Statements

In Brief

Unions need women, and women need unions. Steelworkers have been negotiating and working toward equality for the 70 years of our proud history, because women's issues are union issues.

Speech by USW National Director Ken Neumann to the USW National Women's Conference on Wednesday, November 14, 2012, in Toronto.

Thank you Chantal, for that kind introduction.

Welcome to the Steelworkers' National Women's Conference.

It is great to see so many Women of Steel from across the country.

I want to acknowledge the presence of our district directors. Daniel Roy from District 5. Wayne Fraser and Marty Warren from District 6. And Steve Hunt from District 3.

I also want to welcome our guests from our strategic alliances.

And welcome to our international guests from our global partners.

Our women's conferences are always a source of inspiration to our union. I'm looking forward to the next few days. I hope you are too.

Women of Steel are an important part of our Steelworkers union.

Women make up over 20% of Steelworkers membership. And luckily that number is growing.

And speaking about women joining the Steelworkers, I want to give a very special welcome to the 1,200 new Steelworkers from Queen's University!

The Queen's University Local is 75% women.

Unions need women, and women need unions.

But why the Steelworkers?

Think about that for a minute. Maybe your story is similar to mine.

When I joined the Steelworkers in 1968 at IPSCO in Regina, Saskatchewan, I knew right away that I only wanted to work at a Steelworkers plant. And now, as a Steelworker for over 40 years, I am grateful each and every day that I joined this union at 18.

Perhaps you joined the Steelworkers when you started to work at a workplace that was already organized.

Perhaps you joined because someone you trusted, asked you to.

Or perhaps you joined because you wanted respect and a voice at work, and heard that Steelworkers were one of the first unions to negotiate anti-harassment policies, procedures, and workplace training.

Perhaps you joined because you wanted to achieve fairness in pay, and knew that Steelworkers were among the first unions to develop a pay equity program to ensure equal pay for work of equal value.

Or perhaps you joined because you knew the Steelworkers was one of the most progressive unions, who reach out to workers of colour, women, to immigrant workers.

Or perhaps you joined because of our international work through the Steelworkers Humanity Fund, and in solidarity with our strong international partners.

Think about why you joined and why you are here today.

Hopefully some day soon you will have a chance to share your story to another woman who needs the protection and solidarity of a union.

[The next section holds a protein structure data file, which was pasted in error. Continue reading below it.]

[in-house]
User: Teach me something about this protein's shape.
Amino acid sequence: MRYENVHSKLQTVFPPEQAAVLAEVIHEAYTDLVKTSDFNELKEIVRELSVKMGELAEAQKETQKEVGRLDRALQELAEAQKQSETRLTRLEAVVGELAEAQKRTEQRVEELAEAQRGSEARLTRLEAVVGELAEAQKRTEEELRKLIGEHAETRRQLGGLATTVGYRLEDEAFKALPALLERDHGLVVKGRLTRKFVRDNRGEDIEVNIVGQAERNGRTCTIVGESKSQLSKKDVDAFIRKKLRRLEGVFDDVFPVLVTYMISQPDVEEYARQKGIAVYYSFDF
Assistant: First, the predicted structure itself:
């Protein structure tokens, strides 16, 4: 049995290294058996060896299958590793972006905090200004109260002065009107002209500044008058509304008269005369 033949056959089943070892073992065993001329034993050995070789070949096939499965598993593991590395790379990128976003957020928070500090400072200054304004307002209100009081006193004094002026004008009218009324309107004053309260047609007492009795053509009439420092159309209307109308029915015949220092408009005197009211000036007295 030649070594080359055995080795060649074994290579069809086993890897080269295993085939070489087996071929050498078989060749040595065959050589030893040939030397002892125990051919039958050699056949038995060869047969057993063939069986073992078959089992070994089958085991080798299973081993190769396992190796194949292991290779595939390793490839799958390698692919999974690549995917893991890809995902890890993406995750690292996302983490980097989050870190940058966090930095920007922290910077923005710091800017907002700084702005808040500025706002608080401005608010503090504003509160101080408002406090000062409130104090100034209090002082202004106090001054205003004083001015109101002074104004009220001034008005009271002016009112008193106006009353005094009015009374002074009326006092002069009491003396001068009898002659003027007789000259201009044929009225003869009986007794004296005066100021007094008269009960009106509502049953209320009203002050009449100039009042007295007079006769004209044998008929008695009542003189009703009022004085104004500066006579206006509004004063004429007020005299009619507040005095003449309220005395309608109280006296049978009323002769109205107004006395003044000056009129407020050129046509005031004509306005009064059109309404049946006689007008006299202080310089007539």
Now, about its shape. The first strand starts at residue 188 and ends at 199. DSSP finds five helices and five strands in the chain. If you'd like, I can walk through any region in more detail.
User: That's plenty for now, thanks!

Steelworkers have been negotiating and working toward equality for the 70 years of our proud history, because women's issues are union issues.

Our union is strong and grows stronger when we can help prevent harassment and violence.

Our union grows stronger when we achieve improvements in pay and benefits, and help women balance work, family and union responsibilities.

Our union grows stronger when we elect women in our local unions, and in our legislatures.

But, there is still much to do.

We are in a tough economy, and workers are falling behind. And that means women are falling even further behind.

The wage gap between women and men is still very real.

In fact, the wage gap is larger now than when we started to negotiate pay equity, years ago.

You will hear more on this during our first panel as they share the statistics on equality.

But what is even more challenging, is that our federal government is making things worse.

Our government is raising the age of retirement from age 65 to age 67.

That change is going to penalize women.

The Stephen Harper government has also made a point of cutting funding to women's organizations and women's initiatives.

One of the first things Stephen Harper did when he became Prime Minister was to cancel a national child care program!

Then he shut down 12 of the 16 Status of Women offices across the country!

And, then he cut funding for Status of Women by 38%!

These attacks on women's organizations are not moving us in the right direction. These attacks are setbacks we will beat back!

Harper's attack on women's organizations is trying to silence women's voices. Shame on him.

The minister for Status of Women, Rona Ambrose, recently voted in favour of a motion that would have re-opened the abortion debate.

That is shameful! She is not fit to be minister for the Status of Women!

Fortunately, our friends in the NDP blocked that motion.

So we have much work to do. But we are also making progress.

In the 2011 federal election, Canada elected the most women MPs in its history... 76 women MPs.

40 of those MPs are in the NDP Caucus. The NDP has the most women MPs of all the parties in Parliament.

But Canada is only number 52 in the world for women in political office. We used to be number 45. So we're falling behind.

We must do more to elect more women to office. And believe me, Women of Steel is part of that.